February 8, 2023

Athens News

News in English from Greece

Rising food prices despite inflation stabilizing

The fourth-highest average annual inflation over the past thirty years was recorded in 2022 in Greece and amounted to 9.6%, reminiscent of the state of the country’s economy in the early 90s.

In December 2022 (which recorded a slowdown in inflation), the consumer price index was reported to be 7.2%, compared with 8.5% in November, 9.1% in October and 12% in September. The figures show that “in the yard” there is a record food inflation of 15.5%, and “it’s too early to rejoice.”

Market analysts estimate that food prices will continue to rise at least in the first half of 2023, as prices for key raw materials remain at very high levels despite lower energy prices. This is also reflected in the latest data provided by the Food and Agriculture Organization of the United Nations FAO (Οργανισμού Τροφίμων και Γεωργίας του ΟΗE, FAO). The report highlights that The food price index fell 2.6 points in December 2022 compared to November 2022, but individual indices rose, such as for dairy and sugar.

The government is aware of the above and it is no coincidence that they are thinking about extending the measure – the famous “household basket” – and after March 31, 2023, when, as you know, it will expire.

In 2022, Greece recorded the fourth-highest average annual inflation over the past 30 years, at 9.6%. According to figures released yesterday by Statistics Greece (Ελληνική Στατιστική Αρχή, ΕΛΣΤΑΤ), the consumer price index rose by 7.2% in December 2022 compared to December 2021, which is associated with lower growth rates of natural gas and liquid fuels, as well as lower electricity prices (thanks to state subsidies).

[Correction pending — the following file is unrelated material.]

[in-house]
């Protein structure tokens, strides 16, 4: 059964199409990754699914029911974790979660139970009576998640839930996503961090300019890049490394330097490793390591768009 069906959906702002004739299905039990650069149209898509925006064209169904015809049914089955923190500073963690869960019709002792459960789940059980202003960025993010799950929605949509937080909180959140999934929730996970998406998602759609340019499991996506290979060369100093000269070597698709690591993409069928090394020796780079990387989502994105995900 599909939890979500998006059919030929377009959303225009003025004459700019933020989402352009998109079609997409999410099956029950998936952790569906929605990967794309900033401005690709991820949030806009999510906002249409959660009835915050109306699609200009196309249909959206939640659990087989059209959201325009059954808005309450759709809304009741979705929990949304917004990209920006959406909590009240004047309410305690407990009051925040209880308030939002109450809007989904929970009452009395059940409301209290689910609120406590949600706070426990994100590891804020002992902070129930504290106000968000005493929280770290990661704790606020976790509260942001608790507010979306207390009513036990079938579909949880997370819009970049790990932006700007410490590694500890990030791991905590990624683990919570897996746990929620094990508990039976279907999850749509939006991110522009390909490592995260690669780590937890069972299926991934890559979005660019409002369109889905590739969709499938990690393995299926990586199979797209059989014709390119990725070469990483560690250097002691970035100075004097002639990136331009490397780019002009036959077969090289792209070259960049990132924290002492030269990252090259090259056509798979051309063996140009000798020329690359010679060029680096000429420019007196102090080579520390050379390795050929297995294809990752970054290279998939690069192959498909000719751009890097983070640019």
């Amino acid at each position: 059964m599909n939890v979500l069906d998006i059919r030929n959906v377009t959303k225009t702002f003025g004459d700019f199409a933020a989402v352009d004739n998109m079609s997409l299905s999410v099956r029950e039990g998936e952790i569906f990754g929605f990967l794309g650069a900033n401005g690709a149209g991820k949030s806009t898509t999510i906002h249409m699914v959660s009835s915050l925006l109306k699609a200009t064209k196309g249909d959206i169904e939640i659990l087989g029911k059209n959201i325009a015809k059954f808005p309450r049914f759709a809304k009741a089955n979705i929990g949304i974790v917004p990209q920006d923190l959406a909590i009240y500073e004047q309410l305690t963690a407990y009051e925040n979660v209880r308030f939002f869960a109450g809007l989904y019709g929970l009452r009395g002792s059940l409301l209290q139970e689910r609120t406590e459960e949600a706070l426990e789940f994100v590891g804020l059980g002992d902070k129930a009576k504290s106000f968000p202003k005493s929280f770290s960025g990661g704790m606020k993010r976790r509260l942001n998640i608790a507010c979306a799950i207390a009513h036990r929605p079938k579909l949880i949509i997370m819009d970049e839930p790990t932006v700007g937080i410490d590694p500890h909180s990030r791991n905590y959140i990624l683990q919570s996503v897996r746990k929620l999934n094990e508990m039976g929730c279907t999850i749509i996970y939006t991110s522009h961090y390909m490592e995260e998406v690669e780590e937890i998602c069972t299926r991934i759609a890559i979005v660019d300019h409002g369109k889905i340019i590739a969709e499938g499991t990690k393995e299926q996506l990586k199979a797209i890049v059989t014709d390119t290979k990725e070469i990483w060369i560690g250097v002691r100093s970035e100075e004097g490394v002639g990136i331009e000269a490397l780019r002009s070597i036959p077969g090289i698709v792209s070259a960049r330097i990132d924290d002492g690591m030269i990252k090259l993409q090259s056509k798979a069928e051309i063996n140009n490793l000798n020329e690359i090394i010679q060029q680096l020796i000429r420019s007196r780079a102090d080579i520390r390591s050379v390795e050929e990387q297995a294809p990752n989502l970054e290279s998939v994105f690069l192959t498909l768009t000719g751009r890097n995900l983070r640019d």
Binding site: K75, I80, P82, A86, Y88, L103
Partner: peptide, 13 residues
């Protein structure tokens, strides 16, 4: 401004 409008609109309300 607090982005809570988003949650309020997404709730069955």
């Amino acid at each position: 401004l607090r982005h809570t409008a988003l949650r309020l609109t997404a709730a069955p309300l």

In particular, the increase in prices for natural gas on an annualized basis amounted to 50%, i.e. far from the triple digit pace we’ve seen in previous months. At the same time, the cost increase for fuels and lubricants amounted to 8.6%, and for heating oil – 1.4%. The price of electricity decreased by 8.8%. On the other side, prices for food and some basic household items, as well as services, rose to double digits.

Approximately prices for dairy products and eggs year on year grew by 25.6%, oils and fats by 21.7%, bread (and cereals) by 18.10%, meat by 17.8%, coffee by 13.2%, vegetables by 13.1% , soft drinks-juices by 10.4%, sugar by 8.7%.

Increasing food prices, more specifically continued rise in prices (since new price lists were sent out by suppliers to supermarket chains in January), excessive hits particularly poor households. This is because while food expenditures average 22% of household expenditures, this percentage rises to 34.8% in the poorest, according to the 2021 Household Budget Survey.

The average increase in prices (18%) is also observed for a number of other goods, such as household items (including cleaning products, stationery and other non-food products). In particular, for personal care products, prices increased by 10.9%, for stationery (9.3%), furniture (6.9%), household appliances (6.6%), pharmaceutical products (6%), clothing and shoes (5.4%).

Following price increases in previous months, ticket prices (ferry and plane) rose sharply (by 26.7% and 36.7%) respectively. At the same time, an increase in prices was also recorded for new (11.1%) and used cars (8.4%).

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